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Autologous Adult Stem Cells to Patients With Type 1 Diabetes and a Successful Renal Transplant

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ClinicalTrials.gov Identifier: NCT00788827
Recruitment Status : Completed
First Posted : November 11, 2008
Last Update Posted : January 22, 2015
Sponsor:
Information provided by (Responsible Party):
Imperial College London

Tracking Information
First Submitted Date  ICMJE November 10, 2008
First Posted Date  ICMJE November 11, 2008
Last Update Posted Date January 22, 2015
Study Start Date  ICMJE November 2008
Actual Primary Completion Date May 2013   (Final data collection date for primary outcome measure)
Current Primary Outcome Measures  ICMJE
 (submitted: November 10, 2008)
Safety will be evaluated in terms of adverse events graded according to CTC toxicity criteria and laboratory test results. All adverse events will also be graded for relationship to treatment and as expected and unexpected. [ Time Frame: 14 days ]
Original Primary Outcome Measures  ICMJE Same as current
Change History Complete list of historical versions of study NCT00788827 on ClinicalTrials.gov Archive Site
Current Secondary Outcome Measures  ICMJE
 (submitted: November 10, 2008)
To assess improvement in endocrine pancreatic function as measured by serological and biochemical analysis and determine any symptomatic improvements as they are reported by the patients. [ Time Frame: 12 weeks ]
Original Secondary Outcome Measures  ICMJE Same as current
Current Other Pre-specified Outcome Measures Not Provided
Original Other Pre-specified Outcome Measures Not Provided
 
Descriptive Information
Brief Title  ICMJE Autologous Adult Stem Cells to Patients With Type 1 Diabetes and a Successful Renal Transplant
Official Title  ICMJE A Phase I Safety and Tolerability Study Following the Infusion of Autologous Expanded Progeny of an Adult CD34+ Stem Cell Subset (InsulinCytes) to Patients With Type I Diabetes Mellitus and a Successful Renal Transplant
Brief Summary This is a phase I study to assess the safety and tolerability of infusing expanded stem cells into the pancreas of patients with type I diabetes and a successful renal transplant. The stem cells used in this study occur naturally in the body and are collected from each recipient by a procedure called leukapheresis. The cells are then expanded and differentiated into insulin-like cells in a sterile suite before being injected into the body or tail of the pancreas of the recipient.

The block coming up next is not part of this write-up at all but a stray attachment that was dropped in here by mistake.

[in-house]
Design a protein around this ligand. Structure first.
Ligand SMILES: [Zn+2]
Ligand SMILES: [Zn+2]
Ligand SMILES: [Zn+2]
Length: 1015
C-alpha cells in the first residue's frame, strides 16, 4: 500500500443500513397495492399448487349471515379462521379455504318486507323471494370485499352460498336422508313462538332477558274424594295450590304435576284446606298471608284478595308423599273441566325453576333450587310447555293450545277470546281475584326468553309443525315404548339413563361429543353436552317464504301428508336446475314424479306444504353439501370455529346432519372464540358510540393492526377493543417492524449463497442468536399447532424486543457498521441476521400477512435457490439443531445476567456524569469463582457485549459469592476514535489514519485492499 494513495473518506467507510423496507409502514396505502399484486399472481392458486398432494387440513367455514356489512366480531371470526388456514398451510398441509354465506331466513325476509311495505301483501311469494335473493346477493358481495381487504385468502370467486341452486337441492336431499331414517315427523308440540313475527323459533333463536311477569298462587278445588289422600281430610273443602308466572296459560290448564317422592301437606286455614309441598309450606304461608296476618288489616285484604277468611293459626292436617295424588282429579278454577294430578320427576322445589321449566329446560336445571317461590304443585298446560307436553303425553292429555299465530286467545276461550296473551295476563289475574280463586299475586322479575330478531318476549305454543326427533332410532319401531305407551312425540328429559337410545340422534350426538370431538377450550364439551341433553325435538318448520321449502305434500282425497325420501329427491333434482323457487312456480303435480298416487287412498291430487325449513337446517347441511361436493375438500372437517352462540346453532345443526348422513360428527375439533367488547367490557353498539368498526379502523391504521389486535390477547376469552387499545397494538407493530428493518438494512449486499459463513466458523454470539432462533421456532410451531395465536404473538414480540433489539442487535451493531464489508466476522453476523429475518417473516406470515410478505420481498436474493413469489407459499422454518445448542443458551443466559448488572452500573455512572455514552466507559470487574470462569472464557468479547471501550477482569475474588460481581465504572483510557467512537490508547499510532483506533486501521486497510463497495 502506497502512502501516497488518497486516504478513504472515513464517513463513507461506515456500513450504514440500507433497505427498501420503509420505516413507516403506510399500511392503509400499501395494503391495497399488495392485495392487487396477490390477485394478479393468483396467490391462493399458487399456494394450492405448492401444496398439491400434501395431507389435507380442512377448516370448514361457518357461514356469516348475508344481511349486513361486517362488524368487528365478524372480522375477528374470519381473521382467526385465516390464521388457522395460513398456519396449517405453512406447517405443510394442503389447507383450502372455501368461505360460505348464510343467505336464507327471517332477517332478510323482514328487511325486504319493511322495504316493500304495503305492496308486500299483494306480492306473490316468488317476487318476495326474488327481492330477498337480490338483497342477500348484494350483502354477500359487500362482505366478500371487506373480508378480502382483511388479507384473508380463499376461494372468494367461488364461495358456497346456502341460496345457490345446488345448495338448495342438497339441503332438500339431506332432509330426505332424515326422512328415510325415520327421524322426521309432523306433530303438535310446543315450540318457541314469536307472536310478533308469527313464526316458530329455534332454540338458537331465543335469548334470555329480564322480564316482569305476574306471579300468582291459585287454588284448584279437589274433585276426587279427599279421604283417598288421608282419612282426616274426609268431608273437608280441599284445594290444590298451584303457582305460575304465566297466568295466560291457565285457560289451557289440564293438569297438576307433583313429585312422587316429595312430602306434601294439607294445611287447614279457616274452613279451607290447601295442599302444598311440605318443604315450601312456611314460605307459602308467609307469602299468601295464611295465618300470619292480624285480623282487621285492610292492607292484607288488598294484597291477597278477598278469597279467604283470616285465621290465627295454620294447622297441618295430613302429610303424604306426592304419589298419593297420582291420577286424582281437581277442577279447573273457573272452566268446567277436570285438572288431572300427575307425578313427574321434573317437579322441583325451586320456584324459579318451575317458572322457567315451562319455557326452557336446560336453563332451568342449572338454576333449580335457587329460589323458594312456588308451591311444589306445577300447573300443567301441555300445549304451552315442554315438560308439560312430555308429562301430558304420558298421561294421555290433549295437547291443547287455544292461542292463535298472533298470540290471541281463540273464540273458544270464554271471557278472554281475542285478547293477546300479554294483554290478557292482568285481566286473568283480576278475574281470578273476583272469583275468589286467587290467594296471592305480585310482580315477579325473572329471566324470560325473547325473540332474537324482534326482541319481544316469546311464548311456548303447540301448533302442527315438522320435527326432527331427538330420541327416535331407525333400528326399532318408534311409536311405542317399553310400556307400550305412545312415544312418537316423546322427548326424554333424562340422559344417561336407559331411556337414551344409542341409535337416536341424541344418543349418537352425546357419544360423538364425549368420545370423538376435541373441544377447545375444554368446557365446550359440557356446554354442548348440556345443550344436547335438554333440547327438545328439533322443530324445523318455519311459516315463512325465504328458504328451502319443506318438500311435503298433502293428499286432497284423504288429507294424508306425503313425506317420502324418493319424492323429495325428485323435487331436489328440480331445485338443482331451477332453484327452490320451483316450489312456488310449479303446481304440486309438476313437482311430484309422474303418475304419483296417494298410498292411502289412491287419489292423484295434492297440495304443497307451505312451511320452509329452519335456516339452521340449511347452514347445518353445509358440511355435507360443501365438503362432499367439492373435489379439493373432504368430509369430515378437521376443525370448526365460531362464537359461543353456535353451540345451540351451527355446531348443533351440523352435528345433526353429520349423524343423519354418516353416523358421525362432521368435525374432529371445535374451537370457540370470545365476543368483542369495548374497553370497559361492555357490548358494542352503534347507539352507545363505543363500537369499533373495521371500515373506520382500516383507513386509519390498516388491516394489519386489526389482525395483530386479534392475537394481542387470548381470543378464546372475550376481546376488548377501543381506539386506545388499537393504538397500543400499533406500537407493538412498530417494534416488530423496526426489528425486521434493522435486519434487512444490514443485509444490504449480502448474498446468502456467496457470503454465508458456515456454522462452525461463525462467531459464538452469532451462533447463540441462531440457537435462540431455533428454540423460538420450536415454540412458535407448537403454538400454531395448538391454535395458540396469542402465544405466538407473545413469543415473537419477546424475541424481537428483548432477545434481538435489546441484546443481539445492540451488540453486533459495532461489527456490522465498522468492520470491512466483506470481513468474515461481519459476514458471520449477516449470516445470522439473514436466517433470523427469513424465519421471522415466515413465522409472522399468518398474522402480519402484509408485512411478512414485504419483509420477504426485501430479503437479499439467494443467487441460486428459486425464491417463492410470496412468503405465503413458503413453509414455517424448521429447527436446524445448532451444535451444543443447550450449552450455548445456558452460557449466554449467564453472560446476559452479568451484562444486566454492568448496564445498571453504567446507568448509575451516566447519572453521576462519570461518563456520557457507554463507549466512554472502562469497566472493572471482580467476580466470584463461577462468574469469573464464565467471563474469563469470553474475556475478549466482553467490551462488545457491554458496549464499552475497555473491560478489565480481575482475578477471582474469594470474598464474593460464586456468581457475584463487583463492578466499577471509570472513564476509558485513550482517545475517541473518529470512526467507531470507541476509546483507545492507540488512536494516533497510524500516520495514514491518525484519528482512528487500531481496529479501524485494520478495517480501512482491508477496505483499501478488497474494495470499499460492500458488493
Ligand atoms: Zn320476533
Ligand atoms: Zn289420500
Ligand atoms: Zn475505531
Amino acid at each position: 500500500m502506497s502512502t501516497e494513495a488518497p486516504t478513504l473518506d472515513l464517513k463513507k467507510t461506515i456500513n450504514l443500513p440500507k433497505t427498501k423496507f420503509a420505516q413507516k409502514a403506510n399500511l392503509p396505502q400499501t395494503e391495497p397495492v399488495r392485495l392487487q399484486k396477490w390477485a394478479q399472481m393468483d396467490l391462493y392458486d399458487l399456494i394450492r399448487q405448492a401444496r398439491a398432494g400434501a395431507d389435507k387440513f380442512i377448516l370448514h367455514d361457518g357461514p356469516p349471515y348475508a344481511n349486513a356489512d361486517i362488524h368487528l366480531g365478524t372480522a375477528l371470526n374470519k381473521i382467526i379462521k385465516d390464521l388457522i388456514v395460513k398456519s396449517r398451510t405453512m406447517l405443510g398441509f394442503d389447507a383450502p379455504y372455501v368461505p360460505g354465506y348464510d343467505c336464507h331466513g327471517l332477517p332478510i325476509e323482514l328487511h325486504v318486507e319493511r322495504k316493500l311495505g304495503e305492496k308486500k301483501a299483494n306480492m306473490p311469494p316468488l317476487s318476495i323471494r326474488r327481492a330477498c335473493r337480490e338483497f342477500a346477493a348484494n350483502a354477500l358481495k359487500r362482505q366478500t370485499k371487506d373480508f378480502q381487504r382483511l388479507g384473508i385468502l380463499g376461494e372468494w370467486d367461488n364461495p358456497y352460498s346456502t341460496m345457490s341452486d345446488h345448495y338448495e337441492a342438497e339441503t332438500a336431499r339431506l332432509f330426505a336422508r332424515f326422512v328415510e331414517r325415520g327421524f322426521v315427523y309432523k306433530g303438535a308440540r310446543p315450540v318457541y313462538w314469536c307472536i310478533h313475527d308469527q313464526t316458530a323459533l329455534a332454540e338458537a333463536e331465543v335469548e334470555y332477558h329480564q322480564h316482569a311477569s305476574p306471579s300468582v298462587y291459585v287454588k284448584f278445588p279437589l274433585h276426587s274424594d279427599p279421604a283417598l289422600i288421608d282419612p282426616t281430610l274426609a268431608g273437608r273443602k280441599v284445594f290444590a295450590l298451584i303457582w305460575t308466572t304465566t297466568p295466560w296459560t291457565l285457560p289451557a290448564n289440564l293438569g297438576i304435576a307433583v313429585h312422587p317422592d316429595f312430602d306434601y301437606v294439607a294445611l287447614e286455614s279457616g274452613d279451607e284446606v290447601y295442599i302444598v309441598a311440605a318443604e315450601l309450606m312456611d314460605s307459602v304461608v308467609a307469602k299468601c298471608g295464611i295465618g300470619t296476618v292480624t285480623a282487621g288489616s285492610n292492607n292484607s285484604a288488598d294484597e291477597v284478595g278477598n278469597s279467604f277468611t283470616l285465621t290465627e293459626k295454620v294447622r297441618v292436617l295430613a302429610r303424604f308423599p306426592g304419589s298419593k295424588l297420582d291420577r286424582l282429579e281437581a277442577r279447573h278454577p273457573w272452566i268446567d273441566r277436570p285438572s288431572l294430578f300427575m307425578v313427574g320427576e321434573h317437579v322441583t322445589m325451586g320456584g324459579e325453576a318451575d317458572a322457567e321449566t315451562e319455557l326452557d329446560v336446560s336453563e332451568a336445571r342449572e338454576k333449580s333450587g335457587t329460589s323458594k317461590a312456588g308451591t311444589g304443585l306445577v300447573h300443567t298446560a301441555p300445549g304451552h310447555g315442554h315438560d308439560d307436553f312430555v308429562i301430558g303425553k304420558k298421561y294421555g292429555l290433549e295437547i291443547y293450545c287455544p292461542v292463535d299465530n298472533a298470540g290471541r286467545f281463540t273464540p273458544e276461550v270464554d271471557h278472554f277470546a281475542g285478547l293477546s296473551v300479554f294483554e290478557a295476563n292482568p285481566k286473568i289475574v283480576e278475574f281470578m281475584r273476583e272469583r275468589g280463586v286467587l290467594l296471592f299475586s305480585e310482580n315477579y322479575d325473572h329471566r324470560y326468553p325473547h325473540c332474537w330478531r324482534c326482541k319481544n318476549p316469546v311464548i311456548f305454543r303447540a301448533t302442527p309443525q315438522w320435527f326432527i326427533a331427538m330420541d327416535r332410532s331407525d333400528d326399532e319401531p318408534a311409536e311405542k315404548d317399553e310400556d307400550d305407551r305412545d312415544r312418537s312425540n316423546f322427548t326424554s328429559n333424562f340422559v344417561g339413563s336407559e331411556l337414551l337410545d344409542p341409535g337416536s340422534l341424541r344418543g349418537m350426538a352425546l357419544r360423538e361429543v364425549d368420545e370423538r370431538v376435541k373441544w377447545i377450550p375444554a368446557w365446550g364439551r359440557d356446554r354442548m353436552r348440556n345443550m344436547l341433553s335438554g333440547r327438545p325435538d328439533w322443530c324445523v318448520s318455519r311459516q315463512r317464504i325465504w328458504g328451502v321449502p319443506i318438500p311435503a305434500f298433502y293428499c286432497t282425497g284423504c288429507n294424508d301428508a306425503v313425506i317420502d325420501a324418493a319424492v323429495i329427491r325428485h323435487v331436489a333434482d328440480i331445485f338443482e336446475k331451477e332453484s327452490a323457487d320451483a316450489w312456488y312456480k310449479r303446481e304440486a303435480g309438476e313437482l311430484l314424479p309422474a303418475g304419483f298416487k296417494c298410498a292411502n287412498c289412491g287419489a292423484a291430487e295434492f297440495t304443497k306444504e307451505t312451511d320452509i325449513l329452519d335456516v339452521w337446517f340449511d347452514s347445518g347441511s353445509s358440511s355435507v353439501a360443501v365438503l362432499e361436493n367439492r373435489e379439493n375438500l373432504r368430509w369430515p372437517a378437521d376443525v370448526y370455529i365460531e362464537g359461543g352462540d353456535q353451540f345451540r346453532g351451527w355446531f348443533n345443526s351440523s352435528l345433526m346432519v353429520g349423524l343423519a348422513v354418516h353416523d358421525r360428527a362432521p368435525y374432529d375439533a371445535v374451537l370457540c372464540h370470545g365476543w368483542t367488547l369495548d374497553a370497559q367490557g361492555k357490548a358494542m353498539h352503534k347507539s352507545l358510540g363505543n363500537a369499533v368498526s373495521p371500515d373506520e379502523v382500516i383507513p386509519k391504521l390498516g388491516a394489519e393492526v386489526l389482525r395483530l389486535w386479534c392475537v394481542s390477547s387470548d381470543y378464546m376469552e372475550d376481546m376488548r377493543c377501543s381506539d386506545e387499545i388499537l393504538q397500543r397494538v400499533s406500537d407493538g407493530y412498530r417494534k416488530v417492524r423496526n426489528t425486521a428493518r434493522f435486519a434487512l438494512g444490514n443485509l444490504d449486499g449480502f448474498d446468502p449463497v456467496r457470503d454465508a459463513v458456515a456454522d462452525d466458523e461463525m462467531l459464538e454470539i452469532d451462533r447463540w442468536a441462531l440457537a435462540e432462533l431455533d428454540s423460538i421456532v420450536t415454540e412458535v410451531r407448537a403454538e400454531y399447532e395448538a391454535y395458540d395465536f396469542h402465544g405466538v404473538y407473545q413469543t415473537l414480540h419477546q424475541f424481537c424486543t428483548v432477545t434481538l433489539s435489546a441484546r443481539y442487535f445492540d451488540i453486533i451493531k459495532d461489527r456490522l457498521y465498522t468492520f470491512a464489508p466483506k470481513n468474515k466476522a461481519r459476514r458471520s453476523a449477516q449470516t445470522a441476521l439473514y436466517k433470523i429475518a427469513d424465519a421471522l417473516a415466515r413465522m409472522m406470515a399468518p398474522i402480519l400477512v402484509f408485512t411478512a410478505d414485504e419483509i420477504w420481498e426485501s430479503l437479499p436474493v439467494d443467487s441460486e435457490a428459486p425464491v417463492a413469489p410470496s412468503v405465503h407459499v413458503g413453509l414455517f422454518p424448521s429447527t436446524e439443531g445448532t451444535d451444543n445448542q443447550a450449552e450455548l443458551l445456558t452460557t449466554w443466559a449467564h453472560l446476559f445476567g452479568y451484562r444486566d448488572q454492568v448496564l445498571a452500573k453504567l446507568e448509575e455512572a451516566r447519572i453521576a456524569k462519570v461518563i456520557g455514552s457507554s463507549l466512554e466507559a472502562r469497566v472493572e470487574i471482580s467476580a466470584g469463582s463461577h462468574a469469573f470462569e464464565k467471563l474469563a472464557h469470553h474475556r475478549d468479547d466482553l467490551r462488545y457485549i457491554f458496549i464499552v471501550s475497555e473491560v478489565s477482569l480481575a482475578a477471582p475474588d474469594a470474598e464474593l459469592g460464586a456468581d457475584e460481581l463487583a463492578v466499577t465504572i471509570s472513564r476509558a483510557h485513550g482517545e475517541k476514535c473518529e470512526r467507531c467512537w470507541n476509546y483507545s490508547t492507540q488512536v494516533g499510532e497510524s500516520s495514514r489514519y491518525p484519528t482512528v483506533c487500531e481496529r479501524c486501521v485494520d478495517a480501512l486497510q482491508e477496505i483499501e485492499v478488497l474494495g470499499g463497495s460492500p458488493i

Detailed Description

Islet transplantation as a potential treatment for diabetes has been investigated extensively over the past 10 years. Such an approach, however, will always be limited mainly because it is difficult to obtain sufficiently large numbers of purified islets from cadaveric donors. One alternative to organ or tissue transplantation is to use a renewable source of cells. Adult stem cells are clonogenic cells capable of both self-renewal and multilineage differentiation. These cells have the potential to proliferate and differentiate into any type of cell and to be genetically modified in vitro, thus providing cells, which can be isolated and used for transplantation.

Recent studies have given well-defined differentiation protocols, which can be used to guide stem cells into specific cell lineages as neurons, cardiomyocytes and insulin-secreting cells. Moreover, these derived cells have been useful in different animal models. In this regard, insulin-secreting cells derived from R1 mouse embryonic stem cells restore blood glucose concentrations to normal when they are transplanted into streptozotocin-induced diabetic animals. Our group has isolated stem cells (CD34 positive subset of stem cells) that are capable of differentiating into multiple tissue types ex vivo. In defined conditions, in culture, about 40 percent of the cells produce insulin and reduce blood sugar levels in streptozotocin-induced mice.

Clinically, we have performed a phase I trial of stem cell administration to patients with liver insufficiency. The procedure was well tolerated with no specific side effects and with sustained signs of clinical benefit. These results support this protocol for the application of adult stem cell therapy in the treatment of diabetes.

In order to evaluate potential clinical applications for these recent advances we have designed a prospective Phase I clinical study of the expanded progeny of an adult CD34 positive subset (InsulinCytes) injected directly into the body and tail of the pancreas of the participants via selective catheterisation of the splenic artery. The study group consists of patients with complicated diabetes mellitus type I plus kidney transplantation with the aim of ascertaining whether this confers clinical benefit as a treatment model for diabetes.